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Soviet Secrets

Stoli Grill's "KGB"

It is the 83rd anniversary of the storming of the Winter Palace in Petrograd, November 7, New Style, the day the Soviet Union was born. It seems a fitting day to lift a glass to the Great October Socialist Revolution. After all, this was a very big holiday on one-sixth of the world's surface for some 75 years.

I venture out west, past the giant houses of capitalist exploiters, to Stoli Grill (13148 Memorial Drive, 713-932-1336). There, I am greeted by a live band playing Frank Sinatra songs and, at the bar, my old comrades Volodya and Yura. I ask the bartender, Rudy "Rudik" Flores, if he has a cocktail for this holiday.

"Just the thing," Rudy replies, as if he was waiting for this request. "The KGB."

Rudy hoists a bottle here and there and presents me with a creamy-looking concoction over ice cubes in a standard old- fashioned glass. It doesn't look like homemade vodka that's been distilled through a bathroom water heater. I take a sip. It doesn't seem to contain any vodka at all, but it is smooth and tasty, with the suggestion of ripe citrus fruit. How is this a drink that captures the immortal spirit of the founder of the KGB, Felix Dzerzhinsky? Or even the current president of the Russian Federation and former KGB grunt Vladimir Putin? I drink, and soon these questions do not trouble me.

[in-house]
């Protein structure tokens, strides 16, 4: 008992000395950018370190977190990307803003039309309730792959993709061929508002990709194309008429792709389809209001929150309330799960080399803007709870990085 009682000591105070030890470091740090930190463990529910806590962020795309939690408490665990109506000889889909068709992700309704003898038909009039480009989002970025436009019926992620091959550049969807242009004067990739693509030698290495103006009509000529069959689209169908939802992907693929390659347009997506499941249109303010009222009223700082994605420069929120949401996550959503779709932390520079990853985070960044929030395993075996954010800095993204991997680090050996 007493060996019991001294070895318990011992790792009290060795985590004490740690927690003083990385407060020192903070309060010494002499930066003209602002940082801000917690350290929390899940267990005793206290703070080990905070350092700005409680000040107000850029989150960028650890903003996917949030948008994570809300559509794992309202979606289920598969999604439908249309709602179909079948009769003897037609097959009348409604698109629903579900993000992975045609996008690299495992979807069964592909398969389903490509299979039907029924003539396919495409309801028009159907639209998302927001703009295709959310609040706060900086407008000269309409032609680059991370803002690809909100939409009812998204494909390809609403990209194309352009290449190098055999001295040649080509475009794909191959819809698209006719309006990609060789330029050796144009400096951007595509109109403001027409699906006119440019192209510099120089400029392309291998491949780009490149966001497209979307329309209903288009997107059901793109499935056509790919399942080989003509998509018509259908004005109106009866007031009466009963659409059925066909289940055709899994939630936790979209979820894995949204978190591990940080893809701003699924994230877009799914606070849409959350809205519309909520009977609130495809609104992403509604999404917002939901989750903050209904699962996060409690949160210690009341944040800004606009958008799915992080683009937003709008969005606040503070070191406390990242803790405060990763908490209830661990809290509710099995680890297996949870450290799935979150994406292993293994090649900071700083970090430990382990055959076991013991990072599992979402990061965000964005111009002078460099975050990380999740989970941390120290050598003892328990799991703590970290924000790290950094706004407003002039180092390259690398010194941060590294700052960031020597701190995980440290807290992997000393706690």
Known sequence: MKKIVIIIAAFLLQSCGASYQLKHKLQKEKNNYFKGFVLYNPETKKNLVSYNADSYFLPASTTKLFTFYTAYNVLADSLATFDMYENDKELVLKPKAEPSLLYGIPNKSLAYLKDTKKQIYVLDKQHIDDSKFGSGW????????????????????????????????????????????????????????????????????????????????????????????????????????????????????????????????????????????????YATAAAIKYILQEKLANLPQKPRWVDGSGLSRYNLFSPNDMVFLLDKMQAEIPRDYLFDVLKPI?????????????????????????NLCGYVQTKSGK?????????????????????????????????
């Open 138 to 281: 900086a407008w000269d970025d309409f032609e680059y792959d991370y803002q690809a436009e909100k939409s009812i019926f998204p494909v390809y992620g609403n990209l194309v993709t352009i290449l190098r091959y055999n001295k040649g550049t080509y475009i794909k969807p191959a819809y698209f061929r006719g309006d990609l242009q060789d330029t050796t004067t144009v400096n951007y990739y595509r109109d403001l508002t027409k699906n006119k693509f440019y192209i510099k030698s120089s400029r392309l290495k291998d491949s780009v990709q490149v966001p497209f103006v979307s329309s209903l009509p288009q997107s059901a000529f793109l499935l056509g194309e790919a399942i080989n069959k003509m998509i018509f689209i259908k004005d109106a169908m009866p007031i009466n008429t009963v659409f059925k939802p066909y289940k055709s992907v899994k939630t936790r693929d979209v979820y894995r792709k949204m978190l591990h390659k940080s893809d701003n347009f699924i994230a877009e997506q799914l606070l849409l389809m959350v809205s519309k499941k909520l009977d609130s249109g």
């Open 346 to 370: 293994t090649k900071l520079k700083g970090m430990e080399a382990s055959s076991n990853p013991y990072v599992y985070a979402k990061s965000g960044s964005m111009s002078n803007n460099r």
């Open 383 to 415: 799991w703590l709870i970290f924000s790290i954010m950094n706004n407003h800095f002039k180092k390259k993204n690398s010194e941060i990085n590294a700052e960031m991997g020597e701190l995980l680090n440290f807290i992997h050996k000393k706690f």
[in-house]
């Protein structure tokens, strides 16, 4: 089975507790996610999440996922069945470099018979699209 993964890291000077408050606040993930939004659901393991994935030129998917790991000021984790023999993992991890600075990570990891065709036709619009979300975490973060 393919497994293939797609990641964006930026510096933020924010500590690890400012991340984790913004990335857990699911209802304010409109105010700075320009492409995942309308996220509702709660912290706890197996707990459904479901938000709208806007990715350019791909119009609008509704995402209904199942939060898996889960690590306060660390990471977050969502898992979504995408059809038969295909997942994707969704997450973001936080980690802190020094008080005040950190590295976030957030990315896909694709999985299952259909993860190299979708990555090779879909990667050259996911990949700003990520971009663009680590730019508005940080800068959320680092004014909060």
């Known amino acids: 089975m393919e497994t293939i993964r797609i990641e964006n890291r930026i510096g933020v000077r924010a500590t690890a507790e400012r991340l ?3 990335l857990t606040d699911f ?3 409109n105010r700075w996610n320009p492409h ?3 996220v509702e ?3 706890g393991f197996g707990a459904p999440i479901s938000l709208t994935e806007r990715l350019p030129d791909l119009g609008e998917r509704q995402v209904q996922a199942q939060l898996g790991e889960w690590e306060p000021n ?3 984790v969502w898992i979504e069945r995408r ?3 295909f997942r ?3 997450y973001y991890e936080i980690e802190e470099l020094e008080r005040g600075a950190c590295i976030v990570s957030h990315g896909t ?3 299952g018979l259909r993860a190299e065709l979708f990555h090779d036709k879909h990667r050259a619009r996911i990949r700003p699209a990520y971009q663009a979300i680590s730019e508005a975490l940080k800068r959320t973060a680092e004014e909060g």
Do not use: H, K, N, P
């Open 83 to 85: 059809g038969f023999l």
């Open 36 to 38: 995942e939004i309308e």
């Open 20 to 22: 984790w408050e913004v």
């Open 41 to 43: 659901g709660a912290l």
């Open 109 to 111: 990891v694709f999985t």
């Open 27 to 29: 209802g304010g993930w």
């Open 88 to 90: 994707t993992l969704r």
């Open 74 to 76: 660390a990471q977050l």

Stoli Grill's "KGB":

1.5 ounces Grand Marnier liqueur
3/4 ounce of Kahlúa coffee liqueur
3/4 ounce of Bailey's Irish Cream liqueur

Pour ingredients over ice in an old-fashioned glass and stir. Na zdarovya!

 
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